(664c) An Improved Spectroscopic Method for Determination of Association/Solvation Parameters Used in Process Models

Killian, W. G., Michigan State University
Bala, A. M., Michigan State University
Peereboom, L., Michigan State University
Storer, J. A., Michigan State University
Norfleet, A. T., Michigan State University
Jackson, J. E., Michigan State University
Lira, C. T., Michigan State University
Process modeling of systems continues to be challenging when association and solvation are present. Accurate modeling of mixtures with such species will become increasingly important because renewable chemicals, fuel intermediates and biopolymers typically associate via hydrogen bonding. Equations of state such as SAFT, CPA and ESD have gained popularity by explicitly representing hydrogen bonding. In a previous study, we have developed an activity-coefficient thermodynamic model which incorporates Wertheim’s perturbation theory (TPT-1). However, association parameters used in literature differ significantly depending on the type of data used to derive them. For example, the parameter for the self-association of methanol can vary by up to a factor of four.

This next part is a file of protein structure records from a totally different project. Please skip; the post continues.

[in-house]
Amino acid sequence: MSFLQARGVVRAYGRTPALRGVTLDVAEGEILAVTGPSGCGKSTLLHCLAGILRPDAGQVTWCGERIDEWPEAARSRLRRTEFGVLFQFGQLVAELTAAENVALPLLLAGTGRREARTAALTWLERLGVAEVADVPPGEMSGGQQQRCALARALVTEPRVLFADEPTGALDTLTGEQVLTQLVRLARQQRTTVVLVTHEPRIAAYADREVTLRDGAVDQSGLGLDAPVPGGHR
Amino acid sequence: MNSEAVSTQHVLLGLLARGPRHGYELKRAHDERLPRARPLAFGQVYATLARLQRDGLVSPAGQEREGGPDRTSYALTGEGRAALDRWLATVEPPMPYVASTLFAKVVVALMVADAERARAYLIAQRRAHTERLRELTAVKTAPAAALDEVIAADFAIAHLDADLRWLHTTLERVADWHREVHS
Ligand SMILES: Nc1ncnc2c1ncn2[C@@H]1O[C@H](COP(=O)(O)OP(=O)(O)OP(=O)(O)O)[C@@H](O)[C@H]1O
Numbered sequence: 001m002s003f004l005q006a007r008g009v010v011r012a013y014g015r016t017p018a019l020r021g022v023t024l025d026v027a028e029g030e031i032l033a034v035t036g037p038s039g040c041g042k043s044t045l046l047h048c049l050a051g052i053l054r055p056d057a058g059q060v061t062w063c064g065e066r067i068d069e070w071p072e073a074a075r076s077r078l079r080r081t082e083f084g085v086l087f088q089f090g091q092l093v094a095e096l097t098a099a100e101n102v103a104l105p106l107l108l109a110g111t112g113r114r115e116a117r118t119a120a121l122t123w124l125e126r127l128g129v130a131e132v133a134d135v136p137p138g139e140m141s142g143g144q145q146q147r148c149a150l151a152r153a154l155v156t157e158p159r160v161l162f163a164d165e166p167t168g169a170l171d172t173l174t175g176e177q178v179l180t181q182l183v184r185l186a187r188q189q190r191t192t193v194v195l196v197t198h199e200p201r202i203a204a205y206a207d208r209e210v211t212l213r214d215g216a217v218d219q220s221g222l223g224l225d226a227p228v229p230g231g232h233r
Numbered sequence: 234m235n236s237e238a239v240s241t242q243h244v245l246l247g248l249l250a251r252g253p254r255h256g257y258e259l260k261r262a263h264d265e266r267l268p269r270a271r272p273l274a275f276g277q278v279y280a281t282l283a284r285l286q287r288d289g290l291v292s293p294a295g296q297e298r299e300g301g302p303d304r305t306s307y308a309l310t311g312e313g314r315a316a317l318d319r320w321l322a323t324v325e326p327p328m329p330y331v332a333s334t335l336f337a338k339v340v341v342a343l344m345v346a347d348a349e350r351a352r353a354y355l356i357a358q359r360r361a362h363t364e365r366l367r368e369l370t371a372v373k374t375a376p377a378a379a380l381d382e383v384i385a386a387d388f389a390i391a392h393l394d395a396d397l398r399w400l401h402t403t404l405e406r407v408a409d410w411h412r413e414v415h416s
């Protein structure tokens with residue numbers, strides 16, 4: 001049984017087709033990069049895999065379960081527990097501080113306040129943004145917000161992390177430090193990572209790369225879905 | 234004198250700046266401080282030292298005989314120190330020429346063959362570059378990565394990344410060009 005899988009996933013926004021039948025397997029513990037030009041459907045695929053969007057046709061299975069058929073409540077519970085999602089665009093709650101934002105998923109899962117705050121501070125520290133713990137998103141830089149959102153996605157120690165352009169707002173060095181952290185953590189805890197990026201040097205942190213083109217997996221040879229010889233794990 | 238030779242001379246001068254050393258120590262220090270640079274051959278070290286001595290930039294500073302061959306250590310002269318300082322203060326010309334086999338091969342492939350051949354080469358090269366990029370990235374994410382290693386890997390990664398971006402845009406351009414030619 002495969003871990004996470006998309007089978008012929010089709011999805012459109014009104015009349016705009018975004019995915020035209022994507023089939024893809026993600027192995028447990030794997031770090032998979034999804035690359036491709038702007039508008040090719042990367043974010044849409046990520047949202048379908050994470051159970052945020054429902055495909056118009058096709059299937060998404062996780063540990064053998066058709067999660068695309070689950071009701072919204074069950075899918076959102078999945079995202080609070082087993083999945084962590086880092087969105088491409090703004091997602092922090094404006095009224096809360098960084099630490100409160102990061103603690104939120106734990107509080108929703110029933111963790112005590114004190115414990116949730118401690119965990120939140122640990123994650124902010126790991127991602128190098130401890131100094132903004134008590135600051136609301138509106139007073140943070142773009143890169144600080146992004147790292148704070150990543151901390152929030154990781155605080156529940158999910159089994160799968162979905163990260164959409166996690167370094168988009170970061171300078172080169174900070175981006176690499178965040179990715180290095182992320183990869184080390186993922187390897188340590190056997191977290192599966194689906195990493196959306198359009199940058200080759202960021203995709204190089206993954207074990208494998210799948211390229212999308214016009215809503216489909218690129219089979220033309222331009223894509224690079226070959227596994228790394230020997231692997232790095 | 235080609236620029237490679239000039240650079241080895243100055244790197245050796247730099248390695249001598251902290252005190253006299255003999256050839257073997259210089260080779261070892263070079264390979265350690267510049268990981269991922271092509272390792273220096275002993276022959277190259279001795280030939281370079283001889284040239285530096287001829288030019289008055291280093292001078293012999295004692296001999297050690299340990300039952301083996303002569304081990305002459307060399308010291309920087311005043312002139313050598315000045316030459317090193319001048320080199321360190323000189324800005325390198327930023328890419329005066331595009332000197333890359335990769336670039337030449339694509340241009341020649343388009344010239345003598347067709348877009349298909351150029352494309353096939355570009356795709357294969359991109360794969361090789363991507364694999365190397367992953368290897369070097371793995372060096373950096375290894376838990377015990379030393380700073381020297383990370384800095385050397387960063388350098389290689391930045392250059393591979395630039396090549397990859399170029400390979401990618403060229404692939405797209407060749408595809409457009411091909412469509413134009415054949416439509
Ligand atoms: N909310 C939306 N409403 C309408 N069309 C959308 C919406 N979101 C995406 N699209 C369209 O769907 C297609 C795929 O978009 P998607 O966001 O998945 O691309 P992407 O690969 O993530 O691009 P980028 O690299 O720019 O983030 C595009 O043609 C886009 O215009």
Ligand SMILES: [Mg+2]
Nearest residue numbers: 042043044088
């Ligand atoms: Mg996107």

This work focuses on the determination of the Wertheim association parameters using spectroscopic measurements such as FTIR. While this approach is not new, it is complicated by the challenges involved in quantifying the associating clusters such as alcohol monomers and dimers. Issues persist in curve fitting for evaluating the spectra where absorbances are highly concentration and temperature dependent. More importantly, the significant variation in the IR molar extinction coefficient across the broad hydroxyl band has been ignored in most studies and thus hindered accurate quantification of association. To address these challenges, we have developed a method based on quantum calculations for scaling experimental FTIR spectra such that more meaningful extraction of model-relevant thermodynamic constants is possible. The parameters acquired from our methods are compared to those obtained from other studies and used to model the phase equilibria of binary alcohol-alkane mixtures. The results demonstrate the capabilities of the activity coefficient model and further prove the importance of accurately capturing the hydrogen bonding phenomena in thermodynamic modeling.